A better fix for housing
December 3, 2008
Trillions have been spent to prop up the banks, but little has been done to address the other side of the problem: home prices keep falling and foreclosures climbing. Obama is right to keep bringing this up. The crisis must be attacked from both sides.
Paulson has introduced some programs, to be sure, but the money allocated is a drop in the bucket compared to bank bailouts. Much more was spent just saving Citi in one day than on all the homeowner help programs so far.
However the issue is not just one of funding. All programs put in place or proposed so far (even Sheila Bair’s) miss the point entirely because they deal with a symptom (foreclosures) rather than the cause (falling home prices). Today we hear Treasury may start a new plan to reduce new mortgage rates, which is encouraging, although costly, and just like previous ones, difficult and slow to implement.
My thesis is simple: The market is broken because buyers are on the sidelines, as they expect prices to keep falling and are clearly waiting for a bottom. Speculators and even most borrowers with aggressive ARMs have already defaulted (and learned their lesson). Most foreclosures nowadays stem first from owners being underwater and simply giving up, and second from those in dire financial straits (due to sickness, job loss, etc.) who aren’t able to sell their house and move to a more affordable one (or rent). Both of these affected groups will grow as prices continue to decline.
Some say homes are now undervalued. No one knows where the bottom is, but one thing is for sure, unless we take proactive action we are going to overshoot on the way down just as badly as we did on the way up.
Clearly the fall in prices must be contained at some point. I think the time is now.
Here is a proposal to do just that which has minimal upfront cost (potentially no costs at all), can be implemented quickly, gives no preferential treatment to anyone, and carries no moral hazards:
Have the US government guarantee primary home purchases against loss of value as long as the buyer lives in it for four years. If after 4 years the home is sold for 10-30% less than purchase price the government will cover 50% of the loss. 66% if over 30%. Participating home buyers pay an additional 0.5% over mortgage rate (Price Protection Fee) to participate, which pays for program costs and builds fund to cover at least some of the potential guarantee payouts. Buyer can opt out of guarantee at any time and stop paying PPF, but contributions are non-refundable.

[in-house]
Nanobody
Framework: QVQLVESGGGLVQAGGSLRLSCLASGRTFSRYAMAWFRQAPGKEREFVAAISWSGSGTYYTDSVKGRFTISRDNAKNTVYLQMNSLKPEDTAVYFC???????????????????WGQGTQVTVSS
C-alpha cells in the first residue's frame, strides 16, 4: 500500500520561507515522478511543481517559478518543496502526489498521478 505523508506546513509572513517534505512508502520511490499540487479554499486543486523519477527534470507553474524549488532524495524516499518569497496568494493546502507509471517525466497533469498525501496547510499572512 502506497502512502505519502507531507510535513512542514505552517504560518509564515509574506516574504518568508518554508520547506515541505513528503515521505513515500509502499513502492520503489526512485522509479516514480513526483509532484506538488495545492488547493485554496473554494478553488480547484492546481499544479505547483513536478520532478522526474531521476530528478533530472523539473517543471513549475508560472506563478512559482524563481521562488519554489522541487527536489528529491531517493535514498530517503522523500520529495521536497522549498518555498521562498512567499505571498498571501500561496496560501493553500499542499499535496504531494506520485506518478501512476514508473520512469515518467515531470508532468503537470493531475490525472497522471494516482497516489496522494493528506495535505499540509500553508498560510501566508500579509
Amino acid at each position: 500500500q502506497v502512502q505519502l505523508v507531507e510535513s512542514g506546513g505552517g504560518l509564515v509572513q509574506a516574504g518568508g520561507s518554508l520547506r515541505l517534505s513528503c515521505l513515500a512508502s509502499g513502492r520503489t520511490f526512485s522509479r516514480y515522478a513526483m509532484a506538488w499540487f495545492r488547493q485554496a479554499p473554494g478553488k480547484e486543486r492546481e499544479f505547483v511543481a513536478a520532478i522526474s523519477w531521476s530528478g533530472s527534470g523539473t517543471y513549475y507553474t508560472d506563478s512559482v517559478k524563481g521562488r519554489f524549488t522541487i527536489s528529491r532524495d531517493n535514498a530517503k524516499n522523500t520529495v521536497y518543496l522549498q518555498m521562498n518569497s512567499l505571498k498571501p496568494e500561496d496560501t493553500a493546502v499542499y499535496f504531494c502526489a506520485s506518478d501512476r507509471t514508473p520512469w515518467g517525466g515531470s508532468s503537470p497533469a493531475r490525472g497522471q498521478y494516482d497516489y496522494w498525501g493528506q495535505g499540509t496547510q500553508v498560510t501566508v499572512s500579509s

This plan would:
– Reduce risk and inject confidence in the market so people on the sidelines waiting for a bottom are much more likely to jump in, increasing demand and helping prices stabilize.
– No approval process, so it can be implemented by lenders in a matter of days. A simple ‘checkbox’ while applying for loan will do.
– If prices stabilize no claims will be made and taxpayers will make money.
– If they don’t it is still helpful as banks include the government guarantee in their books when valuing the notes, reducing pressure on their balance sheets. Also, any costs due to payouts over contributions will be deferred and incurred over time (most participants won’t sell exactly after 4 years).
– Program can be ended abruptly as soon as prices level-off, or if it fails to stabilize prices in a timely manner, to minimize further loss exposure to the Treasury.
– Simple limits such as 1 million maximum property value, and one property guarantee per person or married couple (no corporations, foreigners or trusts) will minimize speculation and abuse.
– None of the moral hazard involved with direct foreclosure prevention, i.e. if my neighbor gets reduced rate due to hardship I will apply to program as well (and lie on application if necessary) even if I don’t need it because who doesn’t like a lower rate!
– Everyone is eligible automatically, so no preferential treatment.
UPDATE 12/13/08: A reader correctly points out the potential for fraud. I address it here.